Some people LOVE the holidays. All the bright lights, cheerful music, sugar-plum sweet references to the holidays being all about family.
For many other people, the holidays are very painful. All the bright lights, cheerful music, sickly sweet references to the holidays being all about family.
The candy-coated social mores about what the holidays are, or what they should mean, can all just be a bit much at the best of times.
But the holidays can be incredibly difficult. For those who have lost someone, have a fraught relationship with the idea of family, or who aren’t surrounded by lots (or any) loved ones.
The jingling, shimmering “festive season!” just rubs salt into these wounds. It holds normative ideas of this time of year as the shining standard that is in such glaring contrast to the lived experience of those in pain. Maybe some of you relate.
While I’m certainly not anti-holiday (you should see how packed my freezer currently is with eight batches of cookies!), I do remember what it’s like to have a tough time during holidays. To dread them.
Today we’ll look at three things.
- First, some of the underlying assumptions that can make the holidays feel painful.
- Second, we’ll look at ways to support yourself during the holidays if they’re tough for you.
- Third, we’ll explore some ideas on reclaiming the holidays for yourself – both simple and deep-dive options included!
There are a lot of assumptions made about the holidays that are really not helpful. Although many of us are likely in tune with what these are, sometimes it’s helpful to really draw out the core issues. Let’s look at a couple key examples.
Assumption 1: Going “home” for the holidays/spending time with family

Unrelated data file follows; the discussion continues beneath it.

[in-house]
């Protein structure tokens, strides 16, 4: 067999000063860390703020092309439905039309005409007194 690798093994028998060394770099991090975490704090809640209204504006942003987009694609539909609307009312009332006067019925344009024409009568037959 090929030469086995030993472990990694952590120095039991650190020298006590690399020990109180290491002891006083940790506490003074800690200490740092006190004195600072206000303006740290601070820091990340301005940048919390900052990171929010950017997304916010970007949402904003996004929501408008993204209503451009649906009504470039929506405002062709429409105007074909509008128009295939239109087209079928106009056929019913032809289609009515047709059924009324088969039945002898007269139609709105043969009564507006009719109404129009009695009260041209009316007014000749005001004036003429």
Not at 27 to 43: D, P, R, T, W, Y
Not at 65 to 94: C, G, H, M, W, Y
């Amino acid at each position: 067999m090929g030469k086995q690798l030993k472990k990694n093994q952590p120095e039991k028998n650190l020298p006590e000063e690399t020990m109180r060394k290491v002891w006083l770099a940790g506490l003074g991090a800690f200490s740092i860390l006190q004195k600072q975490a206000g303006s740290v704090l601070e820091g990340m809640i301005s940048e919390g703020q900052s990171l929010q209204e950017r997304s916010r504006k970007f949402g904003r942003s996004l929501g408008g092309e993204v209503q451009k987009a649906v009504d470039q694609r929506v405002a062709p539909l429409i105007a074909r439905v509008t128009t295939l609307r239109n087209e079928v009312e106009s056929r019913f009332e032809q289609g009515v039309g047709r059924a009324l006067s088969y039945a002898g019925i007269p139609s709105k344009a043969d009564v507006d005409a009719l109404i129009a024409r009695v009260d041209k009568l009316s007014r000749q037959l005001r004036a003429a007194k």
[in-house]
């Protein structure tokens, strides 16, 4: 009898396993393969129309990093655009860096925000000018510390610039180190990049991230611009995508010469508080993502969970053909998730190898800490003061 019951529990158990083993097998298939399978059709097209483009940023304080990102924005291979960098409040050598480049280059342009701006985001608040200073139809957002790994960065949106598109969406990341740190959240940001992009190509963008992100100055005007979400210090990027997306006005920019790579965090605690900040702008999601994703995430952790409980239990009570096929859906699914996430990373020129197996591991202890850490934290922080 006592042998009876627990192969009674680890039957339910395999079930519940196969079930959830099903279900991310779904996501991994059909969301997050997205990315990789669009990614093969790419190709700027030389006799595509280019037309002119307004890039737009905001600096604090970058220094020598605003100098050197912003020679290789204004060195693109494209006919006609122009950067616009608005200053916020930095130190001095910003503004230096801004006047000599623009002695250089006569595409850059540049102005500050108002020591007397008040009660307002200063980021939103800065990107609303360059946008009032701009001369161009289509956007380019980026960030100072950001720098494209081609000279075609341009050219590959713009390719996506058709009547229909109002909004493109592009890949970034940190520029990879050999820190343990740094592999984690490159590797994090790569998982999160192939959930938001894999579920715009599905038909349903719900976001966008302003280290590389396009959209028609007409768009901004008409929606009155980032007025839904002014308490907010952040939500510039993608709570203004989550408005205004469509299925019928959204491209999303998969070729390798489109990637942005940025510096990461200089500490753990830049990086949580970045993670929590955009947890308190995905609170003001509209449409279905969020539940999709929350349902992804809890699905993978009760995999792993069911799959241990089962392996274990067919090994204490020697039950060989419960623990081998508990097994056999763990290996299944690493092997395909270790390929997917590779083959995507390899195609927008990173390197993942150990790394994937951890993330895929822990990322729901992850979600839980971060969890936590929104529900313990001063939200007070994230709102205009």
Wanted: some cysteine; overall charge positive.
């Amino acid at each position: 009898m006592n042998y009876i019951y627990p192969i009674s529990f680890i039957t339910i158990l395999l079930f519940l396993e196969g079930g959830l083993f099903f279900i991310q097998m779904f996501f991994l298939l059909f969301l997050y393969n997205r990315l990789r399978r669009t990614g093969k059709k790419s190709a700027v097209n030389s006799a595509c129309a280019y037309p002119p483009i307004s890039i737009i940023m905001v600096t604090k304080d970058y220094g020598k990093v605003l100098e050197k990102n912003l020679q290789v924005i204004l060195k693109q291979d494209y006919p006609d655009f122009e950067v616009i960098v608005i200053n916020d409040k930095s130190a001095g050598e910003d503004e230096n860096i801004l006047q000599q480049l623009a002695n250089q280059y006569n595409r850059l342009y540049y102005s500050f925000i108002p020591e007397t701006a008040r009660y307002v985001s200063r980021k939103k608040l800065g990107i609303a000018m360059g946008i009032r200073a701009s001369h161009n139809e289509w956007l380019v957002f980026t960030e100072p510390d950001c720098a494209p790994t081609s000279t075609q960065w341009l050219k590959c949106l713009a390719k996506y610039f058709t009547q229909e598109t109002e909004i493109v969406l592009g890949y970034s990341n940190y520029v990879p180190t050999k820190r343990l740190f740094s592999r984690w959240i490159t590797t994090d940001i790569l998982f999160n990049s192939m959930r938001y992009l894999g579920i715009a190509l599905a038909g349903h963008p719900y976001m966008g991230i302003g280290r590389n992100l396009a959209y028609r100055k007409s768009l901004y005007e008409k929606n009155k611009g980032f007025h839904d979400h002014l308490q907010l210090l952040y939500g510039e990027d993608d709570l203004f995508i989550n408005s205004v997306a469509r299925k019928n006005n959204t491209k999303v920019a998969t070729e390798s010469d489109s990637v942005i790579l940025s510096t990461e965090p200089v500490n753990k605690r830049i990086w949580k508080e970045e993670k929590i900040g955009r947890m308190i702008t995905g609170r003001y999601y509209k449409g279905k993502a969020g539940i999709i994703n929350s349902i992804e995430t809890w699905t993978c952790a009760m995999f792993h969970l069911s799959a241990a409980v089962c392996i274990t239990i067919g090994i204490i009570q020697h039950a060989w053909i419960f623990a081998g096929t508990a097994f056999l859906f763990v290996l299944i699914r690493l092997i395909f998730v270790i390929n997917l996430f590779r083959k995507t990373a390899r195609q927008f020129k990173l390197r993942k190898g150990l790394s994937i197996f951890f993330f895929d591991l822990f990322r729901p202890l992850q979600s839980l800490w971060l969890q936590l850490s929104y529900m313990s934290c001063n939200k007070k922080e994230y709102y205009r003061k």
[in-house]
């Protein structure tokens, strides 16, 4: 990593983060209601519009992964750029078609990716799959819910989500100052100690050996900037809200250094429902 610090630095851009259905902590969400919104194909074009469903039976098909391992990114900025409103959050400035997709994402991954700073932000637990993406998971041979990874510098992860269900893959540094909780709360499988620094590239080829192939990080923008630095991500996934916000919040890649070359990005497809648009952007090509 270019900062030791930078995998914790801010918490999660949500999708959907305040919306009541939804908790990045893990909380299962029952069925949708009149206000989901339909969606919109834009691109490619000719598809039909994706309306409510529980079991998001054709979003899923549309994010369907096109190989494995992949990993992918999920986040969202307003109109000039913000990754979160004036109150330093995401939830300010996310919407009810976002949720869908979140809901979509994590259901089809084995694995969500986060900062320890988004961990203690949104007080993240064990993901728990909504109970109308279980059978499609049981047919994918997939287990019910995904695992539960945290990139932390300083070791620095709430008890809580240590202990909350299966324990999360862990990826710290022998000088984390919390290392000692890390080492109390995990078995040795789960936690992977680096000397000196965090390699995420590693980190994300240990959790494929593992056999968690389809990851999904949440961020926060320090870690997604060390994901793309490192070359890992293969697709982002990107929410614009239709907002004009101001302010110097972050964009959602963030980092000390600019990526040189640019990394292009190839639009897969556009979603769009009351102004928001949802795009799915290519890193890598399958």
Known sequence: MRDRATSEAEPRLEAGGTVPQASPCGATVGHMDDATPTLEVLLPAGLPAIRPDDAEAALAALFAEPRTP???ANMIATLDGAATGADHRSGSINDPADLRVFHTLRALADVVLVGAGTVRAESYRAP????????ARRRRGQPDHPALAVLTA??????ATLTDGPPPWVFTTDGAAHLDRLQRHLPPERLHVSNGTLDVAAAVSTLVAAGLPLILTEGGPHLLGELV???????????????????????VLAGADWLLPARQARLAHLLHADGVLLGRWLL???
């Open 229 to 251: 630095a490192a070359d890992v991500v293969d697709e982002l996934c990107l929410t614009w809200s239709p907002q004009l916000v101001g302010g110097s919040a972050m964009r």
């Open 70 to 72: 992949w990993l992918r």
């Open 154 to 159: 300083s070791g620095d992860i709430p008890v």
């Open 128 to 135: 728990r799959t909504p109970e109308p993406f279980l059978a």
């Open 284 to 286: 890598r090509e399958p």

One of the questions that used to make the hairs stand up on the back of my neck was, “Are you going home for the holidays?”
“Home” to the people who usually ask this question, means going back to their family of origin.
This deals with three different issues.
- First, it assumes someone has a family.
- Let’s remember that many people do not have family. And it doesn’t matter why they don’t. Whether due to factors out of or in their control, many people do not have others to call family.
- Second, it assumes someone wants to go and spend time with their family. Sure, lots of people see family during any holiday season. And many of them enjoy that time. But let’s not ignore that lots of people can’t stand their families. Many people are just trying to survive seeing their families.
- Third, it suggests that someone should be spending time with their family of origin during the holidays.
- Whether or not someone has family, maybe they do not want to spend time with them. Regardless of what their reasons are for that is not anyone else’s place to judge. Or assume.